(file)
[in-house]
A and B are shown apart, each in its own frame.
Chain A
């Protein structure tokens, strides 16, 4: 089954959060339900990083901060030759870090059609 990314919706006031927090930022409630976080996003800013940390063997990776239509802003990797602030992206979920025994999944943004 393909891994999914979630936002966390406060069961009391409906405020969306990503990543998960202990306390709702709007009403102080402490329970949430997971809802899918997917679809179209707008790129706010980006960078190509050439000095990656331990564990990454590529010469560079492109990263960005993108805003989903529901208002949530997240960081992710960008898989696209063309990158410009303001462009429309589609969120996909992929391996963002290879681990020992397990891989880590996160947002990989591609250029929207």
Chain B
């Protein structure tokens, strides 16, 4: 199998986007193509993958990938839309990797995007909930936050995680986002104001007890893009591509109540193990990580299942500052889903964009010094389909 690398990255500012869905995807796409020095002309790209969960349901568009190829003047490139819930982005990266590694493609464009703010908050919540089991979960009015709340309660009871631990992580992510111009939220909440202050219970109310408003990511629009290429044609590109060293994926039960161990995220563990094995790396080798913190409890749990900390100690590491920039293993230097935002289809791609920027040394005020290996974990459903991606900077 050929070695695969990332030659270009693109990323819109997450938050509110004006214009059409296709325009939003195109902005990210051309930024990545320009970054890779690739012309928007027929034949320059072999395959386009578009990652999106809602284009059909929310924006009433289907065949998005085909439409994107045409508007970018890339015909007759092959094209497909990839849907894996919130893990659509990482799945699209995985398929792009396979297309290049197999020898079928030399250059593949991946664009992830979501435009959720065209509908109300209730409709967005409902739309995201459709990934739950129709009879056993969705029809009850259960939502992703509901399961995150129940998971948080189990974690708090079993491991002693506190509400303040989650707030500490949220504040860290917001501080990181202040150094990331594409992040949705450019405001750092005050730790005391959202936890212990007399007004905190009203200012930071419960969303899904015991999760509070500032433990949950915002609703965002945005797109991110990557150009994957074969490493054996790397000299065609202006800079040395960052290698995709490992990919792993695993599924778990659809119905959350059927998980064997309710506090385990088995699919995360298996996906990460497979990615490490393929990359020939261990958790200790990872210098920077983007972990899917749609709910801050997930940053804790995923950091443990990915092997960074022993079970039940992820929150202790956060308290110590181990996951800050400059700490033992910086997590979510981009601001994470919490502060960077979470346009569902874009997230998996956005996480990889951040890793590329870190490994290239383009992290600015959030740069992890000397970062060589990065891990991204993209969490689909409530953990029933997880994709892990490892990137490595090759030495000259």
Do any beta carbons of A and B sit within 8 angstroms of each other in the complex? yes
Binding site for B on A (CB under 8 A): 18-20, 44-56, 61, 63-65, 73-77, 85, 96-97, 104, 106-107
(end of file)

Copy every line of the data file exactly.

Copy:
[in-house]
A and B are shown apart, each in its own frame.
Chain A
């Protein structure tokens, strides 16, 4: 089954959060339900990083901060030759870090059609 990314919706006031927090930022409630976080996003800013940390063997990776239509802003990797602030992206979920025994999944943004 393909891994999914979630936002966390406060069961009391409906405020969306990503990543998960202990306390709702709007009403102080402490329970949430997971809802899918997917679809179209707008790129706010980006960078190509050439000095990656331990564990990454590529010469560079492109990263960005993108805003989903529901208002949530997240960081992710960008898989696209063309990158410009303001462009429309589609969120996909992929391996963002290879681990020992397990891989880590996160947002990989591609250029929207």
Chain B
């Protein structure tokens, strides 16, 4: 199998986007193509993958990938839309990797995007909930936050995680986002104001007890893009591509109540193990990580299942500052889903964009010094389909 690398990255500012869905995807796409020095002309790209969960349901568009190829003047490139819930982005990266590694493609464009703010908050919540089991979960009015709340309660009871631990992580992510111009939220909440202050219970109310408003990511629009290429044609590109060293994926039960161990995220563990094995790396080798913190409890749990900390100690590491920039293993230097935002289809791609920027040394005020290996974990459903991606900077 050929070695695969990332030659270009693109990323819109997450938050509110004006214009059409296709325009939003195109902005990210051309930024990545320009970054890779690739012309928007027929034949320059072999395959386009578009990652999106809602284009059909929310924006009433289907065949998005085909439409994107045409508007970018890339015909007759092959094209497909990839849907894996919130893990659509990482799945699209995985398929792009396979297309290049197999020898079928030399250059593949991946664009992830979501435009959720065209509908109300209730409709967005409902739309995201459709990934739950129709009879056993969705029809009850259960939502992703509901399961995150129940998971948080189990974690708090079993491991002693506190509400303040989650707030500490949220504040860290917001501080990181202040150094990331594409992040949705450019405001750092005050730790005391959202936890212990007399007004905190009203200012930071419960969303899904015991999760509070500032433990949950915002609703965002945005797109991110990557150009994957074969490493054996790397000299065609202006800079040395960052290698995709490992990919792993695993599924778990659809119905959350059927998980064997309710506090385990088995699919995360298996996906990460497979990615490490393929990359020939261990958790200790990872210098920077983007972990899917749609709910801050997930940053804790995923950091443990990915092997960074022993079970039940992820929150202790956060308290110590181990996951800050400059700490033992910086997590979510981009601001994470919490502060960077979470346009569902874009997230998996956005996480990889951040890793590329870190490994290239383009992290600015959030740069992890000397970062060589990065891990991204993209969490689909409530953990029933997880994709892990490892990137490595090759030495000259």
Do any beta carbons of A and B sit within 8 angstroms of each other in the complex? yes
Binding site for B on A (CB under 8 A): 18-20, 44-56, 61, 63-65, 73-77, 85, 96-97, 104, 106-107